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High Street Place food hall in Boston opens with multi-vendor food ordering system

With 20 vendors, 20,000-square-foot venue hosts concepts from across New England

High Street Place, a food hall with 19 restaurant and bar concepts and a convenience store, opened in Boston earlier this month with a multi-vendor ordering system, retractable walls and seating for 400.

Offering breakfast, lunch and dinner Mondays through Saturdays, the food hall aims to appeal not only to office workers in the downtown area, but also to families and tourists.

“We wanted to be a little something for everybody here at High Street,” marketplace manager Lauren Johnson said. “Whether you're an office worker in downtown Boston, just stopping in to grab something for lunch, or you're looking to host a client meeting, or you're looking to bring your family in, we're your place to be.”

High Street Place is owned by Rockpoint Group and operated by Rockhill Management, an affiliate of Rockpoint Group. The 20,000-square-foot, 400-seat food hall — including an 84-seat outdoor patio that will open in the warmer months — is situated in the atrium connecting two office buildings owned by Rockpoint. High Street Place is Rockpoint’s only food hall to date.

The food hall opened to a flurry of business. Johnson attributes its early success in part to the end of the mask mandate in Boston.

“I think we hit the timing perfectly,” Johnson said. “The mask mandate ended in Boston on Saturday, and that was the first day that the food hall was open, and it was electric. There was a line around the corner of people waiting to come in and dine with us. It was the same thing Wednesday and Thursday, with the office crowd and then just people that wanted to get their hands on the space.”

The 19 restaurant concepts in the food hall were selected with an eye toward showcasing a wide swathe of Boston’s culinary offerings. For some, like Northeast of the Border, which previously had only operated as a food truck, High Street Place will constitute their first brick-and-mortar location.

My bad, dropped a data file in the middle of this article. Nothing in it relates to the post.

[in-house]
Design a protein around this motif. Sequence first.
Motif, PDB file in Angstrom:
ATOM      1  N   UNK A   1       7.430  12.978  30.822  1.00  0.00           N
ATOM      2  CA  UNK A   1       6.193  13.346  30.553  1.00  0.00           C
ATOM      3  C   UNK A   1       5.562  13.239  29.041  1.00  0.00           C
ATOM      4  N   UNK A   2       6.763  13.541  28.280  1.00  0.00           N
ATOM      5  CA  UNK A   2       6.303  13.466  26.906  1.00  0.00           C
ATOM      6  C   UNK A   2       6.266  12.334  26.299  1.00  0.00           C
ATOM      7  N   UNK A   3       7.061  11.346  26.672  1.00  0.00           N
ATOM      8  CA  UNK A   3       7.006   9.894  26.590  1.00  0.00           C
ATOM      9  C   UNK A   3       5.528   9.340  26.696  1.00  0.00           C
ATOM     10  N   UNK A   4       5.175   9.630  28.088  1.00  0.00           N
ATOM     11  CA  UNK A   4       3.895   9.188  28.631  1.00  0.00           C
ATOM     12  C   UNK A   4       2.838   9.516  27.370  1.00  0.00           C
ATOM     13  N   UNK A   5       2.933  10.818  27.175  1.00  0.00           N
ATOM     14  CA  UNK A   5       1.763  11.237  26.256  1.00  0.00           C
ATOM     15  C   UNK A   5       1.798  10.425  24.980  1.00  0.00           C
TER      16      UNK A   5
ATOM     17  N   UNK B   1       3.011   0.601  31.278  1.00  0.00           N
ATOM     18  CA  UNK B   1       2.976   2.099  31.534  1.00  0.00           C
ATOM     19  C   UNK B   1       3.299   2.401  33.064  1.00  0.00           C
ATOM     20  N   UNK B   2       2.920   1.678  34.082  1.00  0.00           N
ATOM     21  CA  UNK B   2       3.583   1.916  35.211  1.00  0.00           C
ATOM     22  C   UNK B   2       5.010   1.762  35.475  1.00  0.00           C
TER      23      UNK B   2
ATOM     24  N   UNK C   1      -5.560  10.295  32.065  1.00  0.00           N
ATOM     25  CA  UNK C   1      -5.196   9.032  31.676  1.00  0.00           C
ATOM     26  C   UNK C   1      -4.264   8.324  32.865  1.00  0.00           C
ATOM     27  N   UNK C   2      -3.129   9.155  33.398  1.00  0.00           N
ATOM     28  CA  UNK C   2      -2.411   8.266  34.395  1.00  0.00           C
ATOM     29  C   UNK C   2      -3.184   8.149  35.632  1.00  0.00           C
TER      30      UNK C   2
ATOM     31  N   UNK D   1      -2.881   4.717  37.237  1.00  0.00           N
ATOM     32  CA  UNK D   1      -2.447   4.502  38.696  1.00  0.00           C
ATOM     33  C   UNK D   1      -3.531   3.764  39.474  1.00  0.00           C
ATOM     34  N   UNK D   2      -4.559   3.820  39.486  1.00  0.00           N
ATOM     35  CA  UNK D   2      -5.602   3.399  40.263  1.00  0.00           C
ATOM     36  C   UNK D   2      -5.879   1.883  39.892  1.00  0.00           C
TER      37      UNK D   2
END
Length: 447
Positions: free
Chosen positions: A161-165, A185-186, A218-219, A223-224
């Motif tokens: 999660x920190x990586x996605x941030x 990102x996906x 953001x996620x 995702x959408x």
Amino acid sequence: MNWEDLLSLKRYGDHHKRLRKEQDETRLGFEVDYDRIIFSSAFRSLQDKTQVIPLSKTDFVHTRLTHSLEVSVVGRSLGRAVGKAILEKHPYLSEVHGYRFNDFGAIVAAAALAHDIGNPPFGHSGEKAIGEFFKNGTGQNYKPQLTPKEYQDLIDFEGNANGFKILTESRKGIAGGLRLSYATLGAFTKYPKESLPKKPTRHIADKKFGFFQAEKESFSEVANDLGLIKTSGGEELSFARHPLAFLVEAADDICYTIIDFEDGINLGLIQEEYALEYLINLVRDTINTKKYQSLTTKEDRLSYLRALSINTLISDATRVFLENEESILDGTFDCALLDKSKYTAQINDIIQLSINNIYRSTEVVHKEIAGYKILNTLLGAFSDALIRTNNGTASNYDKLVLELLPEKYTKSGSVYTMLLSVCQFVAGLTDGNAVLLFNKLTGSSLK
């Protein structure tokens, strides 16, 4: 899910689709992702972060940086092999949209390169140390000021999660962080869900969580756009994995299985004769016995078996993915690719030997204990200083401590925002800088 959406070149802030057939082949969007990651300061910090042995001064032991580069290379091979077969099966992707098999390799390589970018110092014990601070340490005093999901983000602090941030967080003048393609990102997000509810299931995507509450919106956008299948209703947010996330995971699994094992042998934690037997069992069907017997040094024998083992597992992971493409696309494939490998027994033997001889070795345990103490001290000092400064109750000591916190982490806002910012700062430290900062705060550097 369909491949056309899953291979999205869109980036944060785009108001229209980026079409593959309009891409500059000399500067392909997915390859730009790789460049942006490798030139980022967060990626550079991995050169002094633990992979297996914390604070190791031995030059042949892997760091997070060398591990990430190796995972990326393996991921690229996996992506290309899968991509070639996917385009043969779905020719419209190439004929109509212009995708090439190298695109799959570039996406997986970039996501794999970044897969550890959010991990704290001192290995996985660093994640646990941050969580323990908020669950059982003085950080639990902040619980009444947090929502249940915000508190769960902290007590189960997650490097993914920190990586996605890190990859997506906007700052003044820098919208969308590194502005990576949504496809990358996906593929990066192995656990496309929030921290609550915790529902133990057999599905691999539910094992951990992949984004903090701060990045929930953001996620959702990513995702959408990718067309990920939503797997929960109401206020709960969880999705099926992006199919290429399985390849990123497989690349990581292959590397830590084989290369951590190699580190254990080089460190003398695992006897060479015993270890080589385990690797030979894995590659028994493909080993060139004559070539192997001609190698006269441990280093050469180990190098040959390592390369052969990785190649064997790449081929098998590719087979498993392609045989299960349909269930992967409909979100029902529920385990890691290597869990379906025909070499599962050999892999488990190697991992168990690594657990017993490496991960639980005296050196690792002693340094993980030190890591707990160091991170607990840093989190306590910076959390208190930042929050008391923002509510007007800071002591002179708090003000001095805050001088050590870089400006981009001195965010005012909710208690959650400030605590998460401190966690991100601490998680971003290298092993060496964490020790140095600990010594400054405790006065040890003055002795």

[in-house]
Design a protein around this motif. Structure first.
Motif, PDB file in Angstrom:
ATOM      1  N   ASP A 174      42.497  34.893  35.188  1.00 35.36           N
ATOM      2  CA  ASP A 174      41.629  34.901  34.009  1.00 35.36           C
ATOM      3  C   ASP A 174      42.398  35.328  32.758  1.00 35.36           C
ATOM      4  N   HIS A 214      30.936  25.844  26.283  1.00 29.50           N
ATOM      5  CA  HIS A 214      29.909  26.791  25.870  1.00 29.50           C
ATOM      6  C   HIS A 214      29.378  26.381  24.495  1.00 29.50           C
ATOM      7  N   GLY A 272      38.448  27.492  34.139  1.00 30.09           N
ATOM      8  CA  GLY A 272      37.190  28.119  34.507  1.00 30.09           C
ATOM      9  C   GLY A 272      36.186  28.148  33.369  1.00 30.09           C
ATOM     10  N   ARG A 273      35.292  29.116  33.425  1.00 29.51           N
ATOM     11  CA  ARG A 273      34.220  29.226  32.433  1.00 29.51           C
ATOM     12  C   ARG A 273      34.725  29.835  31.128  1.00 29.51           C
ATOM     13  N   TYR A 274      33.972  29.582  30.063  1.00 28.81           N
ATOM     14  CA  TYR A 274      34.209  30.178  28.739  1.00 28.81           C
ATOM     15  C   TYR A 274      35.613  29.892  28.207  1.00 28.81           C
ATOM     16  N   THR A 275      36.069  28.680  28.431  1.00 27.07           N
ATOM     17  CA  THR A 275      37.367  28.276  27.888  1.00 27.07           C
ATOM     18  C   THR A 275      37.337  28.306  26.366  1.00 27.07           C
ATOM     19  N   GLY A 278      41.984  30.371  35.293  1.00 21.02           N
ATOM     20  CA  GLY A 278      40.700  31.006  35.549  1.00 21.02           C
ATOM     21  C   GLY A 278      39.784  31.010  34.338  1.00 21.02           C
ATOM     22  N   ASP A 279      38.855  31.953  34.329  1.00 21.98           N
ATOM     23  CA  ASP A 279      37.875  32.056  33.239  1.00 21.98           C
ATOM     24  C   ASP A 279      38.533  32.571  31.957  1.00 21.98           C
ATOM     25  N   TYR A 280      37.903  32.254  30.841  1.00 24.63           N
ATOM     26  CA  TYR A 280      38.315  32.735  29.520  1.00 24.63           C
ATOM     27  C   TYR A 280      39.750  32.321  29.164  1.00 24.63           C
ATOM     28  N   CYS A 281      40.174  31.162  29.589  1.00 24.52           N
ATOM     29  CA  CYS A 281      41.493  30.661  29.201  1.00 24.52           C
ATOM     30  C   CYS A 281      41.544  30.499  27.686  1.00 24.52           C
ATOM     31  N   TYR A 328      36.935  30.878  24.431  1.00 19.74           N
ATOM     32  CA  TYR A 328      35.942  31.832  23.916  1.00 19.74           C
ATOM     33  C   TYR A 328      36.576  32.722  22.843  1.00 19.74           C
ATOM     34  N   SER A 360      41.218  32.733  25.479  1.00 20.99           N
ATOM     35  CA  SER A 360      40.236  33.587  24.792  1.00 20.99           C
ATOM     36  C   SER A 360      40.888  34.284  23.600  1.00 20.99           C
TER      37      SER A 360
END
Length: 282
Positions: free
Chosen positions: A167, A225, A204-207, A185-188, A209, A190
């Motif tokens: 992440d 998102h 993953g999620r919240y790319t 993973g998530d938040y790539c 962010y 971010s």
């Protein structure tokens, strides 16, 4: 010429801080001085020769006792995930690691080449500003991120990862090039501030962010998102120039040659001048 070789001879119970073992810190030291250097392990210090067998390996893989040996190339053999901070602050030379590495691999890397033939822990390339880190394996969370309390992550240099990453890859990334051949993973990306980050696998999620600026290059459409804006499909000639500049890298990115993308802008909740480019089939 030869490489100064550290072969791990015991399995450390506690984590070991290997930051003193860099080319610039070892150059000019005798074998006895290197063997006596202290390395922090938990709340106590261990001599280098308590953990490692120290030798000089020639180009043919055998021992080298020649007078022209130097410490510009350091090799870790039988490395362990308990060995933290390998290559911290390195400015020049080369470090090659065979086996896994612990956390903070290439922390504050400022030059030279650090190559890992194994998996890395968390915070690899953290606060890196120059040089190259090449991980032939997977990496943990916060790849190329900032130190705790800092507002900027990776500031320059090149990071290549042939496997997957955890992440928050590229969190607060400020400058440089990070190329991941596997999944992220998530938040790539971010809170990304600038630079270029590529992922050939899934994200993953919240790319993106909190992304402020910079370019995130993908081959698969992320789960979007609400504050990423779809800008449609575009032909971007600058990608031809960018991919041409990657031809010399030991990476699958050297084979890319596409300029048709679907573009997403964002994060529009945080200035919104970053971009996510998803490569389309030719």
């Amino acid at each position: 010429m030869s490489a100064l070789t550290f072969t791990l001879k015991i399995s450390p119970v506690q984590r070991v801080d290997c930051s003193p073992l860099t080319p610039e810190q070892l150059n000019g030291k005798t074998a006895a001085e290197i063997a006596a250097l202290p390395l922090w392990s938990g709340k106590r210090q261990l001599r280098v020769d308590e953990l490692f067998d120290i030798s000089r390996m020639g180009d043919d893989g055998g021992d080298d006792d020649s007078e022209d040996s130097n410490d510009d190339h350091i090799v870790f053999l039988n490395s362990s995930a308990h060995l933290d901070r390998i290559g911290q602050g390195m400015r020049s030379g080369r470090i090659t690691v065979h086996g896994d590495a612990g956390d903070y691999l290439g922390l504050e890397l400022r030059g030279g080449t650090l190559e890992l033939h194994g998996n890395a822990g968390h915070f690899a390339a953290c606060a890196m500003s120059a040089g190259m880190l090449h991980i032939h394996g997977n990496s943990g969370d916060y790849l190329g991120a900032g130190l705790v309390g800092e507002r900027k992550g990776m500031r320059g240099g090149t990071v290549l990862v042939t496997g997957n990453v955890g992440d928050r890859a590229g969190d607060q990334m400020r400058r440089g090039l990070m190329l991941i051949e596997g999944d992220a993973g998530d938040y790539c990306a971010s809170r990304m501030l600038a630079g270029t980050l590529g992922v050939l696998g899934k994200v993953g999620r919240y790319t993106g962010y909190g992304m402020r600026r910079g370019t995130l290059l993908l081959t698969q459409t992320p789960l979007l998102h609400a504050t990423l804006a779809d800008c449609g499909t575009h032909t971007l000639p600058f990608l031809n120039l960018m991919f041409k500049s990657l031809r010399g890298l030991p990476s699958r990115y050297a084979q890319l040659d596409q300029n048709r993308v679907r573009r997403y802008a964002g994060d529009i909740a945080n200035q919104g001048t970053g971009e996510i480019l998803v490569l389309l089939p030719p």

According to Johnson, High Street Place distinguishes itself from most other food halls in that all of its vendors offer both food and beverages. Along with the three bars in the food hall — Bubble Bath, Daiquiris and Daisies and Newburyport Brewing — the 16 food concepts offer alcoholic and nonalcoholic beverages that pair with their food menus. 

High Street Place features three new concepts — Bubble Bath, Dive Bar and Tenderoni’s — by chef Tiffani Faison, a three-time James Beard Award finalist for her restaurants in Boston.

The layout of the food hall is designed for exploration and spontaneous decision-making. It has no directory and instead encourages customers to wander, even to ask strangers what they’re eating or drinking if it catches their eye.

“We're really encouraging community building with the space,” Johnson said. “We want to be that place where people come together, whether it's friends, family or strangers. We want people to meet here at High Street Place and be a part of the downtown Boston community.”

Johnson noted that each vendor was free, within a set of general parameters, to design its own stall to suit its branding.

“It makes it look really unique throughout the space as you travel through, and everybody really stands out in their own way,” she said.

The main dining area, located directly under the atrium, has five communal tables with a total of 72 seats. The seven other indoor dining areas throughout the food hall offer diverse seating options. When the weather gets warmer, a NanaWall will slide open, giving access to the outdoor patio.

High Street Place uses Toast for its point-of-sale system and Bbot for mobile ordering. Bbot will allow customers to order from multiple vendors at once and then scan a QR code at their table, letting delivery runners know where to bring the food when it’s ready.

Johnson highlighted High Street Place’s many uses as an event space. Live music is played Thursday, Friday and Saturday nights, and its 28-foot video wall is set to display March Madness when the tournament begins. Collaborations with the Boston Women’s Market, a Sweat and Sip series and children’s events are also upcoming.

“It's almost like the sky's the limit with this thing,” Johnson said. “We have all the bells and whistles. We have seven zones for sound.  We're connected to not only cable boxes, but Apple TVs. We have immersive technology allowing guests, if they're hosting a presentation, to type in a code and present something right on the screen. Or with BrightSign, you can actually plan a whole presentation and time it out throughout the day to have it be shown on the screen.”

Here's a look at some of the concepts at High Street Place.

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